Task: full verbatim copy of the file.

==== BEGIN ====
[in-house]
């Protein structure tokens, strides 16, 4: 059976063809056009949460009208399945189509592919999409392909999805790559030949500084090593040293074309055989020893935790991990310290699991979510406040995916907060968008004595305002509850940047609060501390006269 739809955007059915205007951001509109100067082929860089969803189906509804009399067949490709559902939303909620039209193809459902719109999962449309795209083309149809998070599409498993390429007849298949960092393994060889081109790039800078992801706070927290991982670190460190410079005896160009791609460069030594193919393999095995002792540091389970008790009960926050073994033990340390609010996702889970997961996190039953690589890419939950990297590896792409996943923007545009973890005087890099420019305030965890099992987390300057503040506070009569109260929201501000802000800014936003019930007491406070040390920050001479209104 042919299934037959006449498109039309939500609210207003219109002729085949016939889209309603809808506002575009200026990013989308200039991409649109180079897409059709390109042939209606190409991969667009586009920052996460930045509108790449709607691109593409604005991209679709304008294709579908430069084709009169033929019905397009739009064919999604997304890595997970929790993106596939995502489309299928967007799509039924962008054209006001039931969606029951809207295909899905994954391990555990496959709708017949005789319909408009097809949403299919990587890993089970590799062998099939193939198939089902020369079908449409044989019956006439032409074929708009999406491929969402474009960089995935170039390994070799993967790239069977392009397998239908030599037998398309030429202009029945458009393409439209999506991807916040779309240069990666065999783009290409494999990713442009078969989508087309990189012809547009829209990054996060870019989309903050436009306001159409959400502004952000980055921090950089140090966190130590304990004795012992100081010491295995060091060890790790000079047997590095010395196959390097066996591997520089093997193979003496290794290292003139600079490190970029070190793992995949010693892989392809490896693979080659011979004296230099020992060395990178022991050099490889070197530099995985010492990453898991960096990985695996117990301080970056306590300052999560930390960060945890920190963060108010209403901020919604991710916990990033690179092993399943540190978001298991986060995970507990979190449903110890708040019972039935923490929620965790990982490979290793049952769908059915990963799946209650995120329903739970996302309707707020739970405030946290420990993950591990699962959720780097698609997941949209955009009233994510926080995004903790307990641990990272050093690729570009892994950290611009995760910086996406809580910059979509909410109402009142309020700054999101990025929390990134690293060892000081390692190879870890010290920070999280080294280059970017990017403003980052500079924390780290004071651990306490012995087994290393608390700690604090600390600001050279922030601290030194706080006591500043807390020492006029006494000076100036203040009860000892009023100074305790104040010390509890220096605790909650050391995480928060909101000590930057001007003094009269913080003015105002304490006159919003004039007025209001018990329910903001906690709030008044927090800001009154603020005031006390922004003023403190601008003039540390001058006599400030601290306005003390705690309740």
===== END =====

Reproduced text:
[in-house]
């Protein structure tokens, strides 16, 4: 059976063809056009949460009208399945189509592919999409392909999805790559030949500084090593040293074309055989020893935790991990310290699991979510406040995916907060968008004595305002509850940047609060501390006269 739809955007059915205007951001509109100067082929860089969803189906509804009399067949490709559902939303909620039209193809459902719109999962449309795209083309149809998070599409498993390429007849298949960092393994060889081109790039800078992801706070927290991982670190460190410079005896160009791609460069030594193919393999095995002792540091389970008790009960926050073994033990340390609010996702889970997961996190039953690589890419939950990297590896792409996943923007545009973890005087890099420019305030965890099992987390300057503040506070009569109260929201501000802000800014936003019930007491406070040390920050001479209104 042919299934037959006449498109039309939500609210207003219109002729085949016939889209309603809808506002575009200026990013989308200039991409649109180079897409059709390109042939209606190409991969667009586009920052996460930045509108790449709607691109593409604005991209679709304008294709579908430069084709009169033929019905397009739009064919999604997304890595997970929790993106596939995502489309299928967007799509039924962008054209006001039931969606029951809207295909899905994954391990555990496959709708017949005789319909408009097809949403299919990587890993089970590799062998099939193939198939089902020369079908449409044989019956006439032409074929708009999406491929969402474009960089995935170039390994070799993967790239069977392009397998239908030599037998398309030429202009029945458009393409439209999506991807916040779309240069990666065999783009290409494999990713442009078969989508087309990189012809547009829209990054996060870019989309903050436009306001159409959400502004952000980055921090950089140090966190130590304990004795012992100081010491295995060091060890790790000079047997590095010395196959390097066996591997520089093997193979003496290794290292003139600079490190970029070190793992995949010693892989392809490896693979080659011979004296230099020992060395990178022991050099490889070197530099995985010492990453898991960096990985695996117990301080970056306590300052999560930390960060945890920190963060108010209403901020919604991710916990990033690179092993399943540190978001298991986060995970507990979190449903110890708040019972039935923490929620965790990982490979290793049952769908059915990963799946209650995120329903739970996302309707707020739970405030946290420990993950591990699962959720780097698609997941949209955009009233994510926080995004903790307990641990990272050093690729570009892994950290611009995760910086996406809580910059979509909410109402009142309020700054999101990025929390990134690293060892000081390692190879870890010290920070999280080294280059970017990017403003980052500079924390780290004071651990306490012995087994290393608390700690604090600390600001050279922030601290030194706080006591500043807390020492006029006494000076100036203040009860000892009023100074305790104040010390509890220096605790909650050391995480928060909101000590930057001007003094009269913080003015105002304490006159919003004039007025209001018990329910903001906690709030008044927090800001009154603020005031006390922004003023403190601008003039540390001058006599400030601290306005003390705690309740």